Let’s take a look at how the court ruled:

      • “Now we turn to section 6048(b) and (c) to determine the statutory reporting obligations of Mrs. Fairbank as the United States owner and beneficiary of Xavana Establishment and whether petitioners have furnished the information required to be reported under that section. Section 6048(b), entitled “United States Owner of foreign trust,” provides that each United States person treated as the owner of any portion of a foreign trust shall be responsible to ensure that (A) the trust makes a return for the year which sets forth a full and complete accounting of all trust activities and operations for the year, the name of the United States agent for such trust, and such other information as the Secretary may prescribe and (B) the trust furnishes such information as the Secretary may prescribe to each United States person (i) who is treated as the owner of any portion of the trust or (ii) who [*23] 24 [*24] receives (directly or indirectly) any distribution from the trust. I.R.C. § 6048(b)(1).

      • Section 6048(c), entitled “Reporting by United States beneficiaries of foreign trusts,” provides that any United States person who receives (directly or indirectly) during any taxable year of the person any distribution from a foreign trust shall make a return with respect to that trust for the year which includes (A) the name of the trust, (B) the aggregate amount of the distributions so received from the trust during the taxable year, and (C) the other information as the Secretary may prescribe. I.R.C. § 6048(c)(1). Petitioners’ citation of section 6501(c)(8) and their argument on brief that the period of limitations has run is incomplete.31 Section 6501(c)(8) refers the reader to the requirements under section 6048; therefore, a detailed analysis of a taxpayer’s statutory obligations under section 6048 is necessary.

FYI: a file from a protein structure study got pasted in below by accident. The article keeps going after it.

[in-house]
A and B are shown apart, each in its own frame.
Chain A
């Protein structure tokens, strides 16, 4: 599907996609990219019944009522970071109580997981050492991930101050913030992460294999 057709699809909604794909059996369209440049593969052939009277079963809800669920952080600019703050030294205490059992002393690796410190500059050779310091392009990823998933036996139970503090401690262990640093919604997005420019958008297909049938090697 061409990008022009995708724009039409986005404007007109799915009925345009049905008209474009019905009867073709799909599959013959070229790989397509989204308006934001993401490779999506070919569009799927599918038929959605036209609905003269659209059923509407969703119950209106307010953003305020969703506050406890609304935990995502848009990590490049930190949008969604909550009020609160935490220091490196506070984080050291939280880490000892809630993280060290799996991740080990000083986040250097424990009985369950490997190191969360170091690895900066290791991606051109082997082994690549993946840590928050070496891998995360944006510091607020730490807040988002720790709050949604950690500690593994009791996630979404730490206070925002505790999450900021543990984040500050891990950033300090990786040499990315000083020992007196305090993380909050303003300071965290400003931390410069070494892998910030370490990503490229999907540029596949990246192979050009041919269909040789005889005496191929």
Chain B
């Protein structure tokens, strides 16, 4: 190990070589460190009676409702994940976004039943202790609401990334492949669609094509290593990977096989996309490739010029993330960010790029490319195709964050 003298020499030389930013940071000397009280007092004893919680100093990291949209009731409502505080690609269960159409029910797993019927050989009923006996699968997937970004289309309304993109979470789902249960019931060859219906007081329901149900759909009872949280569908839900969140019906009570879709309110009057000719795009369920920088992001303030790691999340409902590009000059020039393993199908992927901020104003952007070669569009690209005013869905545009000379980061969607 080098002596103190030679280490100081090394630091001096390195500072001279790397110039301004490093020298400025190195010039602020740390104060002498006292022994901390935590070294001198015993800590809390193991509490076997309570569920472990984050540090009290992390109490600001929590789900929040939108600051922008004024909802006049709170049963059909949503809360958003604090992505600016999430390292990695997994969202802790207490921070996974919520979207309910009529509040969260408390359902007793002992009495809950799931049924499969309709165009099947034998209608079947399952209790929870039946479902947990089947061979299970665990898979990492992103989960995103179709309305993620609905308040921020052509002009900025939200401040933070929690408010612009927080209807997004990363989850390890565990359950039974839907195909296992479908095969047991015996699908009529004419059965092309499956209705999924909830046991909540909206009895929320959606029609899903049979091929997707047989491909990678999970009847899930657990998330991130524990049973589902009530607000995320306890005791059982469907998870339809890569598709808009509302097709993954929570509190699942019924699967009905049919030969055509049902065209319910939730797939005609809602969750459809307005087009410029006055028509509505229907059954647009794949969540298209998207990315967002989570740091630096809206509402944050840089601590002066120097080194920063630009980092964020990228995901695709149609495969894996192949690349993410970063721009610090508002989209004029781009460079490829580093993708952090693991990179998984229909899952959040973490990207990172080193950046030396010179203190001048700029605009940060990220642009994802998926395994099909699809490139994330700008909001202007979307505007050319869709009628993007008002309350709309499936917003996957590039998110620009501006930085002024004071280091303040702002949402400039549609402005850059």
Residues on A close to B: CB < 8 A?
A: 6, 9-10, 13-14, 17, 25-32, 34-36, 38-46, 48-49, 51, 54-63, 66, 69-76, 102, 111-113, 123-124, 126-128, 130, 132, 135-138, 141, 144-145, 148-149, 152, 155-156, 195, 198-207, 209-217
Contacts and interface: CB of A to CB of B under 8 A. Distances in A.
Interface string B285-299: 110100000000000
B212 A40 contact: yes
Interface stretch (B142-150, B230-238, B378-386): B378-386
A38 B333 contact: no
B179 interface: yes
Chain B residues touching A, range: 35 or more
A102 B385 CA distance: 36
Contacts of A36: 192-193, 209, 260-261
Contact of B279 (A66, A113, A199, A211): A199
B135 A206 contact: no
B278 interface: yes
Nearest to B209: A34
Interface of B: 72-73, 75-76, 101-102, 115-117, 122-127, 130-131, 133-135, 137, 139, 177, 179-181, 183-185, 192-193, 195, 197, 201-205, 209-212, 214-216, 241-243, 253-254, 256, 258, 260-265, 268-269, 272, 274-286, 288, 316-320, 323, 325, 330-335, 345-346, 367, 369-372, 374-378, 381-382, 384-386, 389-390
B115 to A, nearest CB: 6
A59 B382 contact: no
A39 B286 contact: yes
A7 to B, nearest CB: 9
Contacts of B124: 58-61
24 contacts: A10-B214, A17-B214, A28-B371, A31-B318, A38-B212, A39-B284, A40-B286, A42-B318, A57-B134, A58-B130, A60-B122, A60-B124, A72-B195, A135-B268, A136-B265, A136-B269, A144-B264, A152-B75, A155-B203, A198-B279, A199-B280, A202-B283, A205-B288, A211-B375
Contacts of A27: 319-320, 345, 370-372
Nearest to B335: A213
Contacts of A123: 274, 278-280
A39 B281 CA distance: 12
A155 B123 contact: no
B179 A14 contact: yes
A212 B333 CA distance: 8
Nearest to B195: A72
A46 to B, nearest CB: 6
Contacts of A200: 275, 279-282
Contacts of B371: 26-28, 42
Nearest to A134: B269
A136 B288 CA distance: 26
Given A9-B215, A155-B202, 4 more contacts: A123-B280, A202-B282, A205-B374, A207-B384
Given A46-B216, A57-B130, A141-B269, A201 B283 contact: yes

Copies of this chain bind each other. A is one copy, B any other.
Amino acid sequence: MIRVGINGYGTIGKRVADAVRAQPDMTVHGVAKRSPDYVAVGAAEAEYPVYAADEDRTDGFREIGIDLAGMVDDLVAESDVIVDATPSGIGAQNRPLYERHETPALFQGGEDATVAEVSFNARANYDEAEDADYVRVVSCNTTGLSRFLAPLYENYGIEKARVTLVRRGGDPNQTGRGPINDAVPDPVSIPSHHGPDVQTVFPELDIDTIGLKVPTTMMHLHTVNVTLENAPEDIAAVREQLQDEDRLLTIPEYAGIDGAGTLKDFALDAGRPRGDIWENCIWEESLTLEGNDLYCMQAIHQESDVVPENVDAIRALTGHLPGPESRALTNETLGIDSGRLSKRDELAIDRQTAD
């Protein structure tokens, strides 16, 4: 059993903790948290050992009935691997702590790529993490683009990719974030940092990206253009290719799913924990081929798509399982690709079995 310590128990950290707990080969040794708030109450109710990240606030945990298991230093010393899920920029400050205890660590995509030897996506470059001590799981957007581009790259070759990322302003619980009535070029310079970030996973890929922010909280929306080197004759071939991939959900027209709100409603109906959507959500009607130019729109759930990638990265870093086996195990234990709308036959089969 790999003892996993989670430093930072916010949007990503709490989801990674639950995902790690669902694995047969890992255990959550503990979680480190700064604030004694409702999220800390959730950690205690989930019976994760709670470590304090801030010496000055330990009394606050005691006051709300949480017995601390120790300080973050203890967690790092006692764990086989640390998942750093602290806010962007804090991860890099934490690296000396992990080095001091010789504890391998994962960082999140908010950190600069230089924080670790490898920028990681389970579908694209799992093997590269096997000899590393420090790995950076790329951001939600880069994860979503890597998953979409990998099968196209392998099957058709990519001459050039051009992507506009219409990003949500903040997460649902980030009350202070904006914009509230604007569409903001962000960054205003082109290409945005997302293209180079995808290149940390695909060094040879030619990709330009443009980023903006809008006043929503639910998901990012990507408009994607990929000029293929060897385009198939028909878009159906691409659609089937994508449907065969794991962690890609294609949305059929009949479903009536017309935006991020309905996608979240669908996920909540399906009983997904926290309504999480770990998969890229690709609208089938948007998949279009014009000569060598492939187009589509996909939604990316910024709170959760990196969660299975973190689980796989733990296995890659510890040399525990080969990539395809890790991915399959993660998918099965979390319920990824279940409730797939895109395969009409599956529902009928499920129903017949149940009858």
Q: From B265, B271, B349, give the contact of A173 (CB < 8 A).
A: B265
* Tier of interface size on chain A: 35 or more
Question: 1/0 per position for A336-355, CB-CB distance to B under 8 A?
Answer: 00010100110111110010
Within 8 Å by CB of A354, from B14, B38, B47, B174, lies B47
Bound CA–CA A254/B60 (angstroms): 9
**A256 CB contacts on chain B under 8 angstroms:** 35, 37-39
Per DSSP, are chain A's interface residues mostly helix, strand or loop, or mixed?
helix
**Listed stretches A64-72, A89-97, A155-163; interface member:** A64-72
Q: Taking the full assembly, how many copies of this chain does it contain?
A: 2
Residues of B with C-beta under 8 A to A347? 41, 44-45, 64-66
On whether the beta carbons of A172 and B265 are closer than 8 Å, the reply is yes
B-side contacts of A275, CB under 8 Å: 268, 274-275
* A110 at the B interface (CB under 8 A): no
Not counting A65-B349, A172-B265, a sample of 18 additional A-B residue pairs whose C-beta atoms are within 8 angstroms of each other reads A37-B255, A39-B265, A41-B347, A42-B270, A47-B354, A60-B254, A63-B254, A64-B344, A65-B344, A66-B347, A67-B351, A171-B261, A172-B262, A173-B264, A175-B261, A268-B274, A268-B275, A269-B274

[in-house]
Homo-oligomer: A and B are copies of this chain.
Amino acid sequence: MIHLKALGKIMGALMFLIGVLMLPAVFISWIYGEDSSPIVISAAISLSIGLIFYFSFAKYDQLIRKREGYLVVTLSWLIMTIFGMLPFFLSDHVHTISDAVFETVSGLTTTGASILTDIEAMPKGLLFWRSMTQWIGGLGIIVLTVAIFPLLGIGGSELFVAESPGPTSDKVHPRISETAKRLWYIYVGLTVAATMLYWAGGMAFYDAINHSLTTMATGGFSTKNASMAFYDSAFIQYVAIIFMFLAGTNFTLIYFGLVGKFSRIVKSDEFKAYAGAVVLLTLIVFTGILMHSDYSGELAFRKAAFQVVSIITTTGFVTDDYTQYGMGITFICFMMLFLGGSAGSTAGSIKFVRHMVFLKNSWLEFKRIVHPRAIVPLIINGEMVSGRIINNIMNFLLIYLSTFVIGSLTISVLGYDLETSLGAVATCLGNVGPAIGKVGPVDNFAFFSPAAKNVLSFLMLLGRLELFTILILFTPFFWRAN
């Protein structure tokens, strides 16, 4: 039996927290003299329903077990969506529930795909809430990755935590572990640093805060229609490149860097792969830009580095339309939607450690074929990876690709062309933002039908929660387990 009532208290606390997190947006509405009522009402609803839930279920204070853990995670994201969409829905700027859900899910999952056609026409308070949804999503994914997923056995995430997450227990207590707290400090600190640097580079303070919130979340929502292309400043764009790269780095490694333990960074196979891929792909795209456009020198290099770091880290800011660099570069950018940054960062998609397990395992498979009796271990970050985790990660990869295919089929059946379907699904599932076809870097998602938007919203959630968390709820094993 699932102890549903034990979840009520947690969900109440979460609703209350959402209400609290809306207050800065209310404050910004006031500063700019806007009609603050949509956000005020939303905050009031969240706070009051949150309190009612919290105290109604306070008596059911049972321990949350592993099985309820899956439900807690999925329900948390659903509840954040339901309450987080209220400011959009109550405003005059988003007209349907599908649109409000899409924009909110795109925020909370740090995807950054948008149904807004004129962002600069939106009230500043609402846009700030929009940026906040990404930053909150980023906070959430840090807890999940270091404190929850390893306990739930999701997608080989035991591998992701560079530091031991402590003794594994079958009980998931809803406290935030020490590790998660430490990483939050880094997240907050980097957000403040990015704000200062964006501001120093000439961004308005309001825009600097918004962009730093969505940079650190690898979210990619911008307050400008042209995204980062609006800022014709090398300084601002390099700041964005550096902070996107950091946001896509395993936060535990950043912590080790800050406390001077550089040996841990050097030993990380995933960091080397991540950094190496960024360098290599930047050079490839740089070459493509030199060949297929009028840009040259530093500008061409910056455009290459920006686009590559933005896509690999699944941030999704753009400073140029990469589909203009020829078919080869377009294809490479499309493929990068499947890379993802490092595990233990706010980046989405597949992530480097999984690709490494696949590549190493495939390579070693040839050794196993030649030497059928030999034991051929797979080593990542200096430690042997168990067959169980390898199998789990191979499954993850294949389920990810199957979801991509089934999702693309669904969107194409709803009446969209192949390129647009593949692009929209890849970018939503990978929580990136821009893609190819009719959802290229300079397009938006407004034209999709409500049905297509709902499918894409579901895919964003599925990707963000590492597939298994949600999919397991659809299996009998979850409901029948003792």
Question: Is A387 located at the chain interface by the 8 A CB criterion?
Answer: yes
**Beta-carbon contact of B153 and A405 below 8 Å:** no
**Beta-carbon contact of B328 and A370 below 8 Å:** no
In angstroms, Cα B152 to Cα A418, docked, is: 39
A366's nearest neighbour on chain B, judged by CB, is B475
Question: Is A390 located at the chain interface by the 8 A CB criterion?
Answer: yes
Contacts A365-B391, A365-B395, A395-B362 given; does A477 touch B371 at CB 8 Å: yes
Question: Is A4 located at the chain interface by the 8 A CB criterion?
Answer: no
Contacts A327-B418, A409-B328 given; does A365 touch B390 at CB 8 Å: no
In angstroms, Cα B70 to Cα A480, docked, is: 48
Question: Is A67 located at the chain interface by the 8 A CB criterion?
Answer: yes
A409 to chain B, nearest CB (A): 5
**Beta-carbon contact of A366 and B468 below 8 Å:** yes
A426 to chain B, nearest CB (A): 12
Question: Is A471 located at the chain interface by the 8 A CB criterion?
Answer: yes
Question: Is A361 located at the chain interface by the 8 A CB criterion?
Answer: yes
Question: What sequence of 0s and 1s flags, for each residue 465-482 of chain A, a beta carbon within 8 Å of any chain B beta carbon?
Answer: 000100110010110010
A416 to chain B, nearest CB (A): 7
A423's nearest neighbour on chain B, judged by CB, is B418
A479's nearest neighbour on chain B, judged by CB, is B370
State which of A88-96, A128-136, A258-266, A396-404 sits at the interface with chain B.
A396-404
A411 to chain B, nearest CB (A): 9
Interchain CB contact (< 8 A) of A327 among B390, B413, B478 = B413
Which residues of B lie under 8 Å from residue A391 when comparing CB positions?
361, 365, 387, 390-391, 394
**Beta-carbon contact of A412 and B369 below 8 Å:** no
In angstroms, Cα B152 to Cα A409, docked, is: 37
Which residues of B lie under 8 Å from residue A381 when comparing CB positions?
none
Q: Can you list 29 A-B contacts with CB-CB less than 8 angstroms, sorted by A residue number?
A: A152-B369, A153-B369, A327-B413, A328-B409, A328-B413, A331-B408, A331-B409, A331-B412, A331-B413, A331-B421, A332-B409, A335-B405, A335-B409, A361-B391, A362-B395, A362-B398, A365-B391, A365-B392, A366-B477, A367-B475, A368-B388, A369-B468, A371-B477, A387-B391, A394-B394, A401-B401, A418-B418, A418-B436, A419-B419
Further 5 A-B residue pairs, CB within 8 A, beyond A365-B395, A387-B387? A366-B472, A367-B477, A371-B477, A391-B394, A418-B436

• We conclude that Mrs. Fairbank, as the deemed U.S. owner of Xavana Establishment, has failed to provide any written return to respondent setting forth a full and complete accounting of Xavana Establishment’s activities for the years at issue. See I.R.C. § 6048(b)(1). Similarly, we conclude that Mrs. Fairbank, as Xavana Establishment’s U.S. beneficiary, has failed to make any return that includes the name Xavana Establishment and which outlines the aggregate amount of distributions she received during each of the tax years at issue from Xavana Establishment. See I.R.C. § 6048(c)(1).